Free image courtesy of FreeDigitalPhotos.net Liquor is a staple in the hip hop world. Flashy cars, hot girls, stacks of money, and of course … the partying. Rappers like Eminem, 50 Cent, Ice Cube, Notorious B.I.G., Tupac, and many others get behind their brands. There is no shortage of the hard stuff whenever you catch one of their videos and if you happen to catch them in a club you’ll quickly see them poppin’ bottles at a table. This love for the booze has even gone as far as to catch the attention of researchers which found that out of 700 top billboard hits almost 23% of them had some mention of alcohol. The question becomes … which ones and what kind of drinks can you make with ‘em? 1. Wild Turkey Whiskey and bourbon are two fine choices you’ll often hear mentioned in videos. These are the drinks of gangsters – to whom many rappers try to replicate at least in image. The aged drink shows sophistication and says that you’re not just there to chug down grain alcohol. Of these brands, the Island of Kentucky has been putting out some of the best. At around 86 proof (43% alcohol) you can expect to get turned up on one of these bottles. If you want to drink with sophistication than consider the Sazerac: • 2 oz Bourbon Whiskey • 1 tsp Ricard Pastis • 1 tsp Water • 2 dashes Peychaud Bitters • 1/2 tsp Superfine Sugar • 1 twist of Lemon Peel Preparation Chill an old-fashioned glass. In a separate mixing glass, muddle the sugar and Peychaud bitters together. Add the whiskey and ice to the bitters mixture and stir. Rinse the chilled glass with Ricard Pastis by pouring a small amount into the glass, swirling it around and discarding the liquid. Strain the whiskey mixture from the mixing glass into the old fashioned glass. Garnish with a lemon twist. Recipe courtesy of Snooth.com. 2. Patron Ah, Patron. The tequila that doesn’t taste like the devil and a favorite among rappers. Patron is going to set you back a bit of money depending on the size of the bottle (expect to pay about $45 and up for a decent size) but it’s worth it once you taste the difference. You ain’t going bottom-shelf on this one. This legendary alcohol has been a favorite among rappers for decades. Tequila is usually one of those drinks that completely floors you but everyone has seemed to take a liking to Patron (probably because it doesn’t give you the rot gut, massive hangover the next day, as easily). Drink with style via Patron Diablo: • 1 1/2 oz Patron Silver Tequila • 3/4 oz Creme de Cassis • 1/2 oz Lime Juice (fresh) • 1 splash(es) Ginger Ale Preparation Fill cocktail glass with ice then add the Patron Silver Tequila, Creme de Cassis, and fresh Lime Juice. Top off with Ginger Ale. Garnish with a lime wedge. Recipe courtesy of BartendingMadeEasyandFun. 3. Hennessy Cognac. Now there’s a drink for the ages. Hennessy go real popular once the hip hop crowd found it with big mentions by the likes of Tupac, Biggie, Drake, Dr. Dre, Wu-Tang, and a bunch of others. The reason why you’ve probably heard of the name is most likely because of a hip hop song. Drinking it straight is always choice but if you want to be adventurous then try a Tap that Ass: • 1 oz Hennessy® cognac • 1 oz Alize® Red Passion liqueur • 1 oz Alize® Gold Passion liqueur • 1 splash cranberry juice • Top with soda water Preparation Fill the hurricane glass with ice. Pour the Hennessy, Red Alize, and Yellow Alize. Splash in some Cranberry Juice and top it off with soda. For garnish you can add a slice of pineapple and cherries. Recipe courtesy of Drinksmixer. Conclusion If you’re thinking about stocking up one some booze for your next party or if you just want to have some around the house than these three choices are great for building up that stock. You don’t have to party as hard as the hip hop heads but you can certainly drink like ‘em. Try out some of the mixes, too. Remember: you don’t always have to drink it straight from the bottle.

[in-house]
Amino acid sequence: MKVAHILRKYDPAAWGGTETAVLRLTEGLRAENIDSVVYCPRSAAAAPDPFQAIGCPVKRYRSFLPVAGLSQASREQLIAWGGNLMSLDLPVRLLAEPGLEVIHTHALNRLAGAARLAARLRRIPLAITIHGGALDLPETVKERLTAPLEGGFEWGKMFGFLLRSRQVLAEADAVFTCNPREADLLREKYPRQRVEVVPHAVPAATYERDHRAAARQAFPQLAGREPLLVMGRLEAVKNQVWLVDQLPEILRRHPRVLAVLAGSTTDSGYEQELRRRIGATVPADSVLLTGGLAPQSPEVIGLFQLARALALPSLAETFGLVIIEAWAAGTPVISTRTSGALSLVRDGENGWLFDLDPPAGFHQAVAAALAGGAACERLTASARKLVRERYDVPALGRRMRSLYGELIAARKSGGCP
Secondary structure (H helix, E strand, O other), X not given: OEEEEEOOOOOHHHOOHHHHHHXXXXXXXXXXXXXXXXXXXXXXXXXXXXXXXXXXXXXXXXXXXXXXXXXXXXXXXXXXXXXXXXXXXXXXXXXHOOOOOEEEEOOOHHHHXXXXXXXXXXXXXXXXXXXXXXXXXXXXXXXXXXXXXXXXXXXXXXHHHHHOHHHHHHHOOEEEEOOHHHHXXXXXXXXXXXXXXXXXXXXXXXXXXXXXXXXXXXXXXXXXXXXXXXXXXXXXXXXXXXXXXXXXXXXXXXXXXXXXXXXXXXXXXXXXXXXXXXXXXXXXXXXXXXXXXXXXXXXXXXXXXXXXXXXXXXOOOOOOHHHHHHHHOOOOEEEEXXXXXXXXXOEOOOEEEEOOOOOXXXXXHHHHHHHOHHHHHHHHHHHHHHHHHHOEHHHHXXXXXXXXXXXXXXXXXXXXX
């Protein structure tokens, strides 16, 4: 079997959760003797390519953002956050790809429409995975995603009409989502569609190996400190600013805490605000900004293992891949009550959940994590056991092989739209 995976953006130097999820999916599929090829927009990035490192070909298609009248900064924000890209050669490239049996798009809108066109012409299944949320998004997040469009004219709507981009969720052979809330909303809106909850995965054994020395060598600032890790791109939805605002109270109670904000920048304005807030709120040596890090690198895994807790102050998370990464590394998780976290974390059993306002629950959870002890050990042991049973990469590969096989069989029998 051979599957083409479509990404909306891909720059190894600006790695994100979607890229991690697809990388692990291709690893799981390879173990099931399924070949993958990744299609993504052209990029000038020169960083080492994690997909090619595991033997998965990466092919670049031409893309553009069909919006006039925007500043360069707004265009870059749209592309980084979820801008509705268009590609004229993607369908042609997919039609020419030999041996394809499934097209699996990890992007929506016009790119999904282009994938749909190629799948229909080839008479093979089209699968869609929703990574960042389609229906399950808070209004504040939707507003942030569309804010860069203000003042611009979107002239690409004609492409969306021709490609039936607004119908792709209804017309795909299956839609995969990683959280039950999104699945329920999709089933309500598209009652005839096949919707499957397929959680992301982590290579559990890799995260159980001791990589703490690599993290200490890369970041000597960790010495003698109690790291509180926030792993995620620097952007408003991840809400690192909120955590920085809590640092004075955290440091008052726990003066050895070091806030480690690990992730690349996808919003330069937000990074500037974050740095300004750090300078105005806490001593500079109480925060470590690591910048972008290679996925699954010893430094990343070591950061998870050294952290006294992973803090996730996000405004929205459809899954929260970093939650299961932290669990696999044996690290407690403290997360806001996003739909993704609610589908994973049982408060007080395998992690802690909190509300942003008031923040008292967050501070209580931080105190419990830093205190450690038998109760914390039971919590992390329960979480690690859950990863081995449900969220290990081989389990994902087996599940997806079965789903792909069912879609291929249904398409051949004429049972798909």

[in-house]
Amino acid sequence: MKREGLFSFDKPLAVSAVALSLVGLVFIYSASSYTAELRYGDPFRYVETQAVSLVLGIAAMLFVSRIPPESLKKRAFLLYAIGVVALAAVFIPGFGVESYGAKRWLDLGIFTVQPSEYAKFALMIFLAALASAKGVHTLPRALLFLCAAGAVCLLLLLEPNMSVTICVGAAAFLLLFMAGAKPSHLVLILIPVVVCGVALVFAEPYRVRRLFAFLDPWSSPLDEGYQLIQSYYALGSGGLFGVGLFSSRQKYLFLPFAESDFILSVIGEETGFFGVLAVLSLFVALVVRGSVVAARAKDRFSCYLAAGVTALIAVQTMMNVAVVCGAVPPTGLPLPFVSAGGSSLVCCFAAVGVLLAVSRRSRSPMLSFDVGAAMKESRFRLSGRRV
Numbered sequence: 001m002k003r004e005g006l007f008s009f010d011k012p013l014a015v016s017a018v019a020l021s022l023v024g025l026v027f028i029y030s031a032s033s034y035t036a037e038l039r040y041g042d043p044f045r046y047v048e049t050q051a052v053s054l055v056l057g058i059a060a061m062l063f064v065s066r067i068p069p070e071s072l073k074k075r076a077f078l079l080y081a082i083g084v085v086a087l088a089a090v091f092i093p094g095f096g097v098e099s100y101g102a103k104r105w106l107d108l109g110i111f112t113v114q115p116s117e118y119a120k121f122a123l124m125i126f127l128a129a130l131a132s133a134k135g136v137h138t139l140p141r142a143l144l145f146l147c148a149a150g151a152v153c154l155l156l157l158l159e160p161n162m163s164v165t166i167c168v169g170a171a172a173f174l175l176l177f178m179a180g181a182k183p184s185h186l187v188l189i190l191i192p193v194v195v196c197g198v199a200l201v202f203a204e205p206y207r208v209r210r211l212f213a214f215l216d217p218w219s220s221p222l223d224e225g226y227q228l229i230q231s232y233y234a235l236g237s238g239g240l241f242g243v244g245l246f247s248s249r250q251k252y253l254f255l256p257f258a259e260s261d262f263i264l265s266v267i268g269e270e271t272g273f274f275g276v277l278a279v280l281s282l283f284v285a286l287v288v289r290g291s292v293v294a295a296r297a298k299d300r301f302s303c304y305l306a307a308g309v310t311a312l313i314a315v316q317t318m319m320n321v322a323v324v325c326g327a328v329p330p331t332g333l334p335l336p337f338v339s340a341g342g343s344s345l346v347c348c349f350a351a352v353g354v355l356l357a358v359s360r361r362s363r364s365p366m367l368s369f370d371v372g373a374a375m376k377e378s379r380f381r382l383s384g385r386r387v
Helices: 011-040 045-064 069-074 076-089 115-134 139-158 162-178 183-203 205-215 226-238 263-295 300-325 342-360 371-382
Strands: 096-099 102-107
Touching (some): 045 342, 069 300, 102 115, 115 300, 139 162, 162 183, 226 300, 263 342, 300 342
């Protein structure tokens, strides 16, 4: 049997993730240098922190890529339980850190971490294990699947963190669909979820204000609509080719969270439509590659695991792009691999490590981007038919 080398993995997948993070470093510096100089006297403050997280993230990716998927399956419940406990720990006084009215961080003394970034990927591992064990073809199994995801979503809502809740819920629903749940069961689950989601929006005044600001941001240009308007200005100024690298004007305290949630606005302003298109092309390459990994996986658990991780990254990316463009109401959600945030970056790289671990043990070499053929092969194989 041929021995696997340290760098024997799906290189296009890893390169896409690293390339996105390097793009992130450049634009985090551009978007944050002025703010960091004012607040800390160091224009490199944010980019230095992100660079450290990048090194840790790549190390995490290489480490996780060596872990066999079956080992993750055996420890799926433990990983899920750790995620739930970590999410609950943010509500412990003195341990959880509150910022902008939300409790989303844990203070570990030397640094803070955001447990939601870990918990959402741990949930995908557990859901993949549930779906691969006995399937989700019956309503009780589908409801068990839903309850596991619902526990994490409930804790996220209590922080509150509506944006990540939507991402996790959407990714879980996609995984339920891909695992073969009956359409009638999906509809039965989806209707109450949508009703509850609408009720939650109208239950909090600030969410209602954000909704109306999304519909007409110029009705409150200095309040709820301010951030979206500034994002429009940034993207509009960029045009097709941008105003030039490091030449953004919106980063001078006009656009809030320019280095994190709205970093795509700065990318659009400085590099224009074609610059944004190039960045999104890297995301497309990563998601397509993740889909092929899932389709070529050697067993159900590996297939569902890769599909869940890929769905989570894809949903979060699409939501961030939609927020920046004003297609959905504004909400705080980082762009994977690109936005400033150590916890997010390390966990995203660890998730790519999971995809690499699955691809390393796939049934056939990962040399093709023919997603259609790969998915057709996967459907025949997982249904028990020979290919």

about 9 hours ago